plished by merely making a fade-out and a fade-in overlapping. 

For instance, if the first scene fades out at 20 to 25 — ^the 
cameraman merely v^^inds back the film five feet (with the lens 
closed) and then fades-in for five feet while turning forward 
again on the other scene. 

It will be found that dissolves are more perfect if they overlap 
more than normal. That is to say if a fade-out is made from 
20 to 25 it is a good idea to turn back to 19 (instead of 20) and 
to begin the fade-in from there to 24 (instead of 25). This will 
prevent any tendency of the film growing dark where one view 
fades into the other. 

As with visions a memo should be made of numbers at which 
dissolves occur, and, if the second scene is not made the same 
day the film may be canned and set aside. 

Enough blank film' must, of course, be reserved so that the 
second scene may be dissolved onto the first and an ample amount 
left for the succeeding scene. For this reason the director 
should tell the cameraman about how long he expects his second 
part of the dissolve to run, or, in case the second part is taken 
first, as is often the case, how much blank film shall be left in 
first part of roll to accommodate the first scene. 

Sometimes as many as five or six scenes are dissolved — one 
into another, in which case the cameraman must calculate what 
the total footage of all the scenes will be and allow enough film 
on the roll. 

In making a number of dissolves — one into another — ^the 
cameraman must be very careful not to get his numbers mixed. 
It is well to take all dissolves twice, so as to have a second take 
in case of a mistake at the time the first is taken. These should 
be marked first and second take on the film before the camera is 

One cameraman had ten dissolves to make — one into the next. 
He went along and had nine all right but became confused on 
the tenth and, of course, the lot were spoiled. This work took 
almost a week to do and probably cost the studio $500 or more. 



Often the director will call for a dissolve into a close-up. To 
do this quickly — first focus the long shot and note the mark on 
focusing dial at which needle points. Now move the camera up 
to the point from which you wish to take the close-up and make 
a mark with chalk where tripod legs meet the floor. Set focus 
and note the indicator dial. Now move back to long-shot posi- 
tion which may also be marked in chalk, set focus dial back to 
long-shot mark and go ahead. When director calls "dissolve" 
fade-out for five feet, rewind with the lens closed, move up to 
marks previously made, reverse belt, set focus to the close-up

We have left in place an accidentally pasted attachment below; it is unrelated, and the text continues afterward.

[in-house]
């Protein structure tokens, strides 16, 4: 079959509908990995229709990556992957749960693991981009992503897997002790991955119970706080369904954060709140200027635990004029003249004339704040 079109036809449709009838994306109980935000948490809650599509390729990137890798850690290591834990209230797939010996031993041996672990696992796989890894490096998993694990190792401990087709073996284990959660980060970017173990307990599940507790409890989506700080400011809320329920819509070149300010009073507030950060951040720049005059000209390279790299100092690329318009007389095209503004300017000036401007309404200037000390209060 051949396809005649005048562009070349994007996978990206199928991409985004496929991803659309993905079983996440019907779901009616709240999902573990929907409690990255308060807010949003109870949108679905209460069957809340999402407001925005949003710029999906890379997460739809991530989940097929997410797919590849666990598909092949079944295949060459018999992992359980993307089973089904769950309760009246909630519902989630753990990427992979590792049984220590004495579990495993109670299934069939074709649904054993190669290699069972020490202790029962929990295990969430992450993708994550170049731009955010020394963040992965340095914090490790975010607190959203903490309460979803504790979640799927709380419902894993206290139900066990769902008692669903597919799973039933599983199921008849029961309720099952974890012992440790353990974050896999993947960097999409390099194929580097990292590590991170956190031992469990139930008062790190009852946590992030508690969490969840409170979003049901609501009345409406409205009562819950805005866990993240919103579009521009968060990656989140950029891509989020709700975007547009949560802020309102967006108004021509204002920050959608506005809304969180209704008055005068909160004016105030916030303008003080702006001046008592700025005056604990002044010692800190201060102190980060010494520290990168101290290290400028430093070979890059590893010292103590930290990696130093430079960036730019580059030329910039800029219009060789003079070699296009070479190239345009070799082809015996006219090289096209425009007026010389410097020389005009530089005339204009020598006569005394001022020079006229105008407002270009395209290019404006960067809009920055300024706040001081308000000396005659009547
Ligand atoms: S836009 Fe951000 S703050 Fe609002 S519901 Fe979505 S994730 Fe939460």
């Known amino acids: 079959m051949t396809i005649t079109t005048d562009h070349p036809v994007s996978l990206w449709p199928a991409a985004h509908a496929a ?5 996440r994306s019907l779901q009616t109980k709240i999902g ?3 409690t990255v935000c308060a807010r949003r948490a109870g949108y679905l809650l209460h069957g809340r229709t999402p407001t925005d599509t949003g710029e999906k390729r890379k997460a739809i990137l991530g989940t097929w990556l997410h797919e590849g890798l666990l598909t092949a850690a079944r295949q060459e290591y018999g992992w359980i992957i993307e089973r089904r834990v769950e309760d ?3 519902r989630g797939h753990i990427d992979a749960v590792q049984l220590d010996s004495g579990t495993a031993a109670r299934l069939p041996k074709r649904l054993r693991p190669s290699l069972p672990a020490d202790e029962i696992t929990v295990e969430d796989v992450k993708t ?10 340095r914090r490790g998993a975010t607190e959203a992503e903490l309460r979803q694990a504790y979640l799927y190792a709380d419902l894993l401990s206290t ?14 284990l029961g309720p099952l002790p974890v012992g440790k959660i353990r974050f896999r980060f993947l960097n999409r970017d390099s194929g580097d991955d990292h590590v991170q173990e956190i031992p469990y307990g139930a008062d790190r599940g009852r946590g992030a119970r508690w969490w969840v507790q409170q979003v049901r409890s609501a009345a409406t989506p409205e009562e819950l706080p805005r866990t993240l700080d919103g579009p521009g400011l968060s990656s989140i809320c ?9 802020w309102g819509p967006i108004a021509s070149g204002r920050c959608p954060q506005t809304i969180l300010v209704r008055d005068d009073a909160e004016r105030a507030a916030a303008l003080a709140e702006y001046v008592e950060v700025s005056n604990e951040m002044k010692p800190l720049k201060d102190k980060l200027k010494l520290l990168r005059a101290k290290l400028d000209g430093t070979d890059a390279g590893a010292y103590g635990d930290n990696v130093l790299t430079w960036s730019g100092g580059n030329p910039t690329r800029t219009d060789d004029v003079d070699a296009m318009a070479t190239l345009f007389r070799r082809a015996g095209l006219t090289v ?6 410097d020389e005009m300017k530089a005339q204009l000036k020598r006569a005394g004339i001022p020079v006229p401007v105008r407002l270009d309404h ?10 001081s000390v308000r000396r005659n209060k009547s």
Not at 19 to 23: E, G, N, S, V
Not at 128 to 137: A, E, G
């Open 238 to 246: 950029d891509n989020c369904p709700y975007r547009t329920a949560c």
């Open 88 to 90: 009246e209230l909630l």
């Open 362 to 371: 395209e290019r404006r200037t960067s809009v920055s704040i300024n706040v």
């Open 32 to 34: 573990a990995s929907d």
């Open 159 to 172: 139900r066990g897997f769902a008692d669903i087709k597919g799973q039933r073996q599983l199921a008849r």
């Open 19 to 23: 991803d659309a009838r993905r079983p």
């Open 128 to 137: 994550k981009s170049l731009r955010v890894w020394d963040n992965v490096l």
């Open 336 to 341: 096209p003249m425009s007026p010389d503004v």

point previously determined and point camera correctly by 
means of the finder on side. When ready say so to director and 
when he says "go" begin turning and at same time fade-in for 
five feet (ten turns). 

If now the director wishes to dissolve back to the long-shot 
and says "dissolve" repeat the above except in this case set the 
focusing dial back to the long-shot position and move camera 
back to original position, adjusting the camera correctly by 
means of the finder. 

Miraculous appearing scenes where the costumes or surround- 
ings change before the eyes, are often required. For example : 
suppose theactor^s ordinary costume must change to the uniform 
of a soldier. To do this, run to a pre-determined number, say 
20 — and then fade-out. The actor has been previously instructed 
that at 20 he is to hold absolutely still until told he may move. 
After having faded out from 20 to 25 stop the camera and care- 
fully mark the actor's general position. The position of his feet 
is marked with chalk and the position of his. hands on table is 
marked likewise. The place his head occupies is marked with 
pencil on the ground glass of the finder and care is taken that no 
one moves the camera in the slightest degree. The actor is now 
told to go to his dressing room and put on his uniform which 
must be all ready for him before the scene is started. While he 
is doing this the cameraman* reverses the belt, winds back five 
feet with the lens closed and awaits the return of the actor. 
When actor has made his change he is placed in exactly the same 
position as he previously was, his head at same place on ground 
glass, his hands on the chalk marks which are now carefully 
erased and his feet exactly as they were. It is never possible 
to get identically the same pose, but the blur caused by the dis- 



solve with its confusion to the eye will cover any small changes. 

When actor is placed he is instructed to hold perfectly still